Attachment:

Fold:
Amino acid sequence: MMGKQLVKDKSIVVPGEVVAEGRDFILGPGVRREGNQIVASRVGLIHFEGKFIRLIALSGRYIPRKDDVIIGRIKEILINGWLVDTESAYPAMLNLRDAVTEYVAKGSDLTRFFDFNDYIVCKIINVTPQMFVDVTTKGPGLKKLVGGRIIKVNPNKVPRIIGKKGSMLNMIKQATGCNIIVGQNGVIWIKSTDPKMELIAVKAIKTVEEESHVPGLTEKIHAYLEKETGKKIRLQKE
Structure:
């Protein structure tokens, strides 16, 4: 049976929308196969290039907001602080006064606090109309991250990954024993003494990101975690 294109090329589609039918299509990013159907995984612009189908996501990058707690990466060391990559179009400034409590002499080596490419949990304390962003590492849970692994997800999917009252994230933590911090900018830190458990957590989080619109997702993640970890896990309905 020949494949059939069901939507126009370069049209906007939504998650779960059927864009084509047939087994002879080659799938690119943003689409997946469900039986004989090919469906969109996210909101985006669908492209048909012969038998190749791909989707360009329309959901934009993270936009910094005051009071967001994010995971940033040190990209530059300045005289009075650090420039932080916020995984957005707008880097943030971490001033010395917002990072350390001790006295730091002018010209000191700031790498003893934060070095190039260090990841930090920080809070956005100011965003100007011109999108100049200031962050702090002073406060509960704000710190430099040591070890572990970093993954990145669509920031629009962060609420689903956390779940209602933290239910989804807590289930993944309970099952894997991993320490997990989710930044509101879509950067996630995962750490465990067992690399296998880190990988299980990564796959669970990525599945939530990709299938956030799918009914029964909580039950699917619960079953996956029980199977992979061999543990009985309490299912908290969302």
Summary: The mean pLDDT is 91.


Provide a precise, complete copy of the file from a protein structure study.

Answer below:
Fold:
Amino acid sequence: MMGKQLVKDKSIVVPGEVVAEGRDFILGPGVRREGNQIVASRVGLIHFEGKFIRLIALSGRYIPRKDDVIIGRIKEILINGWLVDTESAYPAMLNLRDAVTEYVAKGSDLTRFFDFNDYIVCKIINVTPQMFVDVTTKGPGLKKLVGGRIIKVNPNKVPRIIGKKGSMLNMIKQATGCNIIVGQNGVIWIKSTDPKMELIAVKAIKTVEEESHVPGLTEKIHAYLEKETGKKIRLQKE
Structure:
């Protein structure tokens, strides 16, 4: 049976929308196969290039907001602080006064606090109309991250990954024993003494990101975690 294109090329589609039918299509990013159907995984612009189908996501990058707690990466060391990559179009400034409590002499080596490419949990304390962003590492849970692994997800999917009252994230933590911090900018830190458990957590989080619109997702993640970890896990309905 020949494949059939069901939507126009370069049209906007939504998650779960059927864009084509047939087994002879080659799938690119943003689409997946469900039986004989090919469906969109996210909101985006669908492209048909012969038998190749791909989707360009329309959901934009993270936009910094005051009071967001994010995971940033040190990209530059300045005289009075650090420039932080916020995984957005707008880097943030971490001033010395917002990072350390001790006295730091002018010209000191700031790498003893934060070095190039260090990841930090920080809070956005100011965003100007011109999108100049200031962050702090002073406060509960704000710190430099040591070890572990970093993954990145669509920031629009962060609420689903956390779940209602933290239910989804807590289930993944309970099952894997991993320490997990989710930044509101879509950067996630995962750490465990067992690399296998880190990988299980990564796959669970990525599945939530990709299938956030799918009914029964909580039950699917619960079953996956029980199977992979061999543990009985309490299912908290969302």
Summary: The mean pLDDT is 91.